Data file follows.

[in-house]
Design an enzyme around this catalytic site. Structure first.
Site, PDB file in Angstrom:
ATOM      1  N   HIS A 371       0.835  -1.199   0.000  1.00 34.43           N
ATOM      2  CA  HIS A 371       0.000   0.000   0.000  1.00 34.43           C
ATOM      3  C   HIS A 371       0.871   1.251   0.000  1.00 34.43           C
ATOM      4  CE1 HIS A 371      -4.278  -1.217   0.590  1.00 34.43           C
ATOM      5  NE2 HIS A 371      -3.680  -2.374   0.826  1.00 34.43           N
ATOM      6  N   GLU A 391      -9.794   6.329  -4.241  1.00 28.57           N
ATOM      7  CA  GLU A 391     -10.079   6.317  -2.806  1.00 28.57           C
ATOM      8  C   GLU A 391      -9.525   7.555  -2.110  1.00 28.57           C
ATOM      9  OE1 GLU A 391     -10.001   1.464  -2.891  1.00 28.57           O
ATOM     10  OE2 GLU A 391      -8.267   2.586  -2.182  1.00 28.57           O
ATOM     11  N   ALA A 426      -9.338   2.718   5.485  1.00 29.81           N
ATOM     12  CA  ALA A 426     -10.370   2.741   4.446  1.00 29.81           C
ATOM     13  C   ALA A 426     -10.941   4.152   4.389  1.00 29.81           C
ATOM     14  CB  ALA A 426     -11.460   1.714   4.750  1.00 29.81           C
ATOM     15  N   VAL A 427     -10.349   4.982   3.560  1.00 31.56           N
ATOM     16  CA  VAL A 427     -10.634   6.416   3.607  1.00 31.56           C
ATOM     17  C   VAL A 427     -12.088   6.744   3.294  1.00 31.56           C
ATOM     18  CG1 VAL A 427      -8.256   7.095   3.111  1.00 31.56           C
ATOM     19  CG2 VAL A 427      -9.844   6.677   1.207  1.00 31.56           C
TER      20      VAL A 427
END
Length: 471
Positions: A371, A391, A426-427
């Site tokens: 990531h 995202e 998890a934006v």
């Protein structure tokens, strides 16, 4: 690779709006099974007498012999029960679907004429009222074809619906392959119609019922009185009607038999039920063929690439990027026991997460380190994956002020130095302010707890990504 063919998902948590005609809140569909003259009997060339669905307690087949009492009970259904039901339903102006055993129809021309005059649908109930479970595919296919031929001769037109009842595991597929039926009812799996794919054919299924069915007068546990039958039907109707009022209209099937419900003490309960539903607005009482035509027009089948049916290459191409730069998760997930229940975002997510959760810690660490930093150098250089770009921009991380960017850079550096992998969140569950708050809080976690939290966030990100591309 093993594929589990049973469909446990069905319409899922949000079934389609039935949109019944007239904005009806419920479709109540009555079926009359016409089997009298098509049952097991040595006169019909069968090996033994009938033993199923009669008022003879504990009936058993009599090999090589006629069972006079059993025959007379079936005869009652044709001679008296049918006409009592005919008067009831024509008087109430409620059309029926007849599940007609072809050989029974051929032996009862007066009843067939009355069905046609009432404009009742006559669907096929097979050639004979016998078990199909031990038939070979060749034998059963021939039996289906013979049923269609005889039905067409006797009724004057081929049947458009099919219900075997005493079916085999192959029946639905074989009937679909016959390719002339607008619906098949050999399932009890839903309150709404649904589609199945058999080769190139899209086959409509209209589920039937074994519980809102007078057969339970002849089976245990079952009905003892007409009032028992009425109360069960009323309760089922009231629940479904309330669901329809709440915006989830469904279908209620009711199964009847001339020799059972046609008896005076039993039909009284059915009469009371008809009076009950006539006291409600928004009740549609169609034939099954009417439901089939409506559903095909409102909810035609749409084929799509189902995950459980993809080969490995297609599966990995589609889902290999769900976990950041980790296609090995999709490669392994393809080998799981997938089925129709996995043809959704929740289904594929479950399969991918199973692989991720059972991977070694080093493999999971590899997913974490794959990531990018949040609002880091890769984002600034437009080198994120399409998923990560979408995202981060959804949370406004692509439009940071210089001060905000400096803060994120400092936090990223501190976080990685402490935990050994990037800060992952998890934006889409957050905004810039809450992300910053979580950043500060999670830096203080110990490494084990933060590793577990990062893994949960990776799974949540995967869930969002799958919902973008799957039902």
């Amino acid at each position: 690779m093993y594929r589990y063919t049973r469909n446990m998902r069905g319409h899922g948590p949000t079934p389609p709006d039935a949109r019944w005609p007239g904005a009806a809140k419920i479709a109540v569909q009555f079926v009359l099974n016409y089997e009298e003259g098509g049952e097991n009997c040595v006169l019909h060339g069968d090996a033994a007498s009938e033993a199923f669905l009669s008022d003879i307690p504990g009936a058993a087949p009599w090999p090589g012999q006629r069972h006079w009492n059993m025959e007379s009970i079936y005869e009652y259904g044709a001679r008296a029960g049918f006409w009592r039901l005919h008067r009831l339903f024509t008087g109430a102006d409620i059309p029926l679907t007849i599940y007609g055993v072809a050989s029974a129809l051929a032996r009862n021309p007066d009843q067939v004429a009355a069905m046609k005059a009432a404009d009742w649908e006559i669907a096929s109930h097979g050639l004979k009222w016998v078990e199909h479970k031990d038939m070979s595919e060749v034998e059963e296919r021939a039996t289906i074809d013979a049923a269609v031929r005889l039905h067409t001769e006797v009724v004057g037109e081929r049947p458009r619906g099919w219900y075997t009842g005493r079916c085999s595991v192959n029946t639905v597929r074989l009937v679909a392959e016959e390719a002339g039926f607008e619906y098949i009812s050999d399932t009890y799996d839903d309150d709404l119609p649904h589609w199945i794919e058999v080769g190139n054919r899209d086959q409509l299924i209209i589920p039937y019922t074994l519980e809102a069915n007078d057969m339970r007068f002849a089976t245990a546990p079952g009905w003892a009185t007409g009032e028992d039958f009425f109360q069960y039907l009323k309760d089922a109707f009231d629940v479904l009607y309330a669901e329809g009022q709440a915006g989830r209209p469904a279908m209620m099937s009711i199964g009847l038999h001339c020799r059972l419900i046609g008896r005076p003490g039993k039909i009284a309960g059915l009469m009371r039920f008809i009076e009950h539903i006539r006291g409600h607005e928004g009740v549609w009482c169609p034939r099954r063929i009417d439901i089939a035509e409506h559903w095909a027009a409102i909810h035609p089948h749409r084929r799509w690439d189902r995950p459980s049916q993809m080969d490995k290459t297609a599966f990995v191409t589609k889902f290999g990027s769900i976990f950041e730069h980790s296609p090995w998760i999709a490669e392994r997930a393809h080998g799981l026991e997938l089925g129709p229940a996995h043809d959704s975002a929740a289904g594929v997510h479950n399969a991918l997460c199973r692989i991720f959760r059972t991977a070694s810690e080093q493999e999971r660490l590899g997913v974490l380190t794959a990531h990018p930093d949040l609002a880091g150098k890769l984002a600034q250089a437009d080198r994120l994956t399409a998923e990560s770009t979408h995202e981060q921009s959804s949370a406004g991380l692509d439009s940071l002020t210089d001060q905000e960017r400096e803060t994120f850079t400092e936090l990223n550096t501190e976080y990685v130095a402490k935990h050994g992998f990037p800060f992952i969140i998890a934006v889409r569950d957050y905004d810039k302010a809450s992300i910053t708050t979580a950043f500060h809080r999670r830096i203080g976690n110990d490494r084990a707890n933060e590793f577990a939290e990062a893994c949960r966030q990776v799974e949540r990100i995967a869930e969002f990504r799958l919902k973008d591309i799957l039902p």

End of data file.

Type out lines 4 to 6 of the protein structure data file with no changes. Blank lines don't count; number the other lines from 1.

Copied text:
ATOM      1  N   HIS A 371       0.835  -1.199   0.000  1.00 34.43           N
ATOM      2  CA  HIS A 371       0.000   0.000   0.000  1.00 34.43           C
ATOM      3  C   HIS A 371       0.871   1.251   0.000  1.00 34.43           C